“If you aren’t a rich person, you won’t get into the cab business now,” Maffett, 75, said. “I wouldn’t ever start a cab company now. It’s too dangerous.”
Taxi driving was often listed in the top 10 list of dangerous jobs because of the combination of job deaths due to traffic crashes and homicides.
The plunging economy not only changed the nature of the business, it also affected the nature of its patrons.
“Demands have dropped a lot because of the economy. By not having a job affects everybody,” Sam Maffett said.
The company's drivers range in age from 29 to 65, most of them were Africans and all of them were independent. Many depended mostly on regular customers to keep them afloat.
Heard, who was a cab driver, started Cascade Cab Company in 1970. After he died, his widow, a former school teacher, took over. But in 1982, she was diagnosed with dementia and lost the ability to run the business.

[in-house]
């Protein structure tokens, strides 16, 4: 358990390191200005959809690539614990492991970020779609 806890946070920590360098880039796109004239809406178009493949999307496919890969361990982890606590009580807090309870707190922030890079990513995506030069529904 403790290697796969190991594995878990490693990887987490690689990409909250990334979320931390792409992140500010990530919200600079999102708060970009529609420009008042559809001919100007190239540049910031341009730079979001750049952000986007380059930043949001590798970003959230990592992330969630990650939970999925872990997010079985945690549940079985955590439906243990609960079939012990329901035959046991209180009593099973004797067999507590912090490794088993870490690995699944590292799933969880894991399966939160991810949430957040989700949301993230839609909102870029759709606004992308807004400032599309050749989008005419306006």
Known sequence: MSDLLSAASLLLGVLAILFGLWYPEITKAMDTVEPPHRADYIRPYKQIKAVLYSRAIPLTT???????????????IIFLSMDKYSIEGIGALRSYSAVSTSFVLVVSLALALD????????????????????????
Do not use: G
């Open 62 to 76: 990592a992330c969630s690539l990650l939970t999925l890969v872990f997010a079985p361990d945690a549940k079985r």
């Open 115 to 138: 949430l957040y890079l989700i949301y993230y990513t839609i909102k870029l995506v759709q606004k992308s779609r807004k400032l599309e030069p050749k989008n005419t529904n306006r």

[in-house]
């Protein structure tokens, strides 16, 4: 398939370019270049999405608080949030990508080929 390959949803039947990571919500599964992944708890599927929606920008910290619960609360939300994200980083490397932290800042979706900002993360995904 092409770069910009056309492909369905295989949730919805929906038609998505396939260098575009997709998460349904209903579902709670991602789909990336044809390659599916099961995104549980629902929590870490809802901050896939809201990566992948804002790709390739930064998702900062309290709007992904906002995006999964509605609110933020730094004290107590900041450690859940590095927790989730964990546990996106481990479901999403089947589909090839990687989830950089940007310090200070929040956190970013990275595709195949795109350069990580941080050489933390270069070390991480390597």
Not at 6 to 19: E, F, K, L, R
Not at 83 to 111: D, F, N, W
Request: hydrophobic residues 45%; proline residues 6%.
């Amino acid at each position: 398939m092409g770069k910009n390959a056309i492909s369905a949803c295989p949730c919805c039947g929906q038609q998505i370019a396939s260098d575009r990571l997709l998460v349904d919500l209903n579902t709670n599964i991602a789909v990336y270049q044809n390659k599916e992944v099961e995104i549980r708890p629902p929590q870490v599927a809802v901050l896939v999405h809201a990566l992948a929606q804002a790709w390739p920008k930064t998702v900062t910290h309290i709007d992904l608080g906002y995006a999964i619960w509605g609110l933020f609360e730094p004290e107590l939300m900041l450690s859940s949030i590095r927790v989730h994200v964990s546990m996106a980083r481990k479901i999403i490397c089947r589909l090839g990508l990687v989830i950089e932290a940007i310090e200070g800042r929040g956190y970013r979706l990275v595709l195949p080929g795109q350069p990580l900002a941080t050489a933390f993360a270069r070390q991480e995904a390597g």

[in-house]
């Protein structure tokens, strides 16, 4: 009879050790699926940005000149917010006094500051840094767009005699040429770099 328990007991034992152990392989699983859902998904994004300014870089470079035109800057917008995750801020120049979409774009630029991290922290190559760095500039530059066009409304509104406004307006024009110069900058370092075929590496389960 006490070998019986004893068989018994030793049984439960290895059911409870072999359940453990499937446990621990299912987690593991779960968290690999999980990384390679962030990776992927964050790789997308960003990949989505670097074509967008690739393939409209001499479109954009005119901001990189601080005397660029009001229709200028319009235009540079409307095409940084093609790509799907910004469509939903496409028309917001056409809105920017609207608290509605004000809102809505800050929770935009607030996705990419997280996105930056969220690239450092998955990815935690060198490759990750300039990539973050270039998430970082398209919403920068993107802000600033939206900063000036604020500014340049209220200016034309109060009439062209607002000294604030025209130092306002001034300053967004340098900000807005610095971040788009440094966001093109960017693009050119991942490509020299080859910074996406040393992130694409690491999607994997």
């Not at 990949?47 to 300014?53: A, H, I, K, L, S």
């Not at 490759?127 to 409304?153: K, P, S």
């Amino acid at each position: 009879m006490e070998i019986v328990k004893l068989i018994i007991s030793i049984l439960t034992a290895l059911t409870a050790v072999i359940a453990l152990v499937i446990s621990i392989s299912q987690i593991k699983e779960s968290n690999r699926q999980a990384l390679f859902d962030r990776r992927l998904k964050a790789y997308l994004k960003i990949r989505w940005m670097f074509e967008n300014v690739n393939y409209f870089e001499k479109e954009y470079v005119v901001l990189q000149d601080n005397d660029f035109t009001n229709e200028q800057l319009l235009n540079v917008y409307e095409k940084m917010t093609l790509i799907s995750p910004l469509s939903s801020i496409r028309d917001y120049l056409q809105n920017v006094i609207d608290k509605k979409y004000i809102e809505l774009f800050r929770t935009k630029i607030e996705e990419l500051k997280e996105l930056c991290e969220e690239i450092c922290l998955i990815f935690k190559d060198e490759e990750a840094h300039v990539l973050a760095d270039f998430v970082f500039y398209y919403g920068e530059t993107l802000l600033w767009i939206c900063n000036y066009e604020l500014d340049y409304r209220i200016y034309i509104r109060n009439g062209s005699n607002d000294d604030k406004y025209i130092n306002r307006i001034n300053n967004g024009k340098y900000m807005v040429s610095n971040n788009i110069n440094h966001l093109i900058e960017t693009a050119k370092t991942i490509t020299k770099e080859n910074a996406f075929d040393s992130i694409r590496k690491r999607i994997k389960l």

At one point, the company had 20 to 25 drivers. That number dwindled to 10 and now only six drivers carry the company’s red and white colors.
Still, the company remained part of a steady tradition that began in the mid 1600s with horse-drawn-for-hire hackney carriages before the first taxi service was established in Toronto in 1837 by an ex-slave. The taximeter and the gasoline-powered vehicle ushered in the modern taxi in the late 1800s and early 1900s in Paris, London and New York.
The taxicabs have since changed styles and models and have become a valuable part of the daily existence of the major U.S. cities. There are 2,019 cabbies in Atlanta. Perhaps a half traverse the night, covering miles of concrete with towering edifices looming before them in an environment ablaze with lights set against dark skies.
They pickup junkies and drunkards, crazies and club hoppers, theater goers and people working the late shift; all thronging the streets in search of the often belittled, but now prized taxi driver.
Before, the taxi drivers main concerns were patrons jumping out of the cabs without paying. Now the job has become deadly, and the drivers more cautious.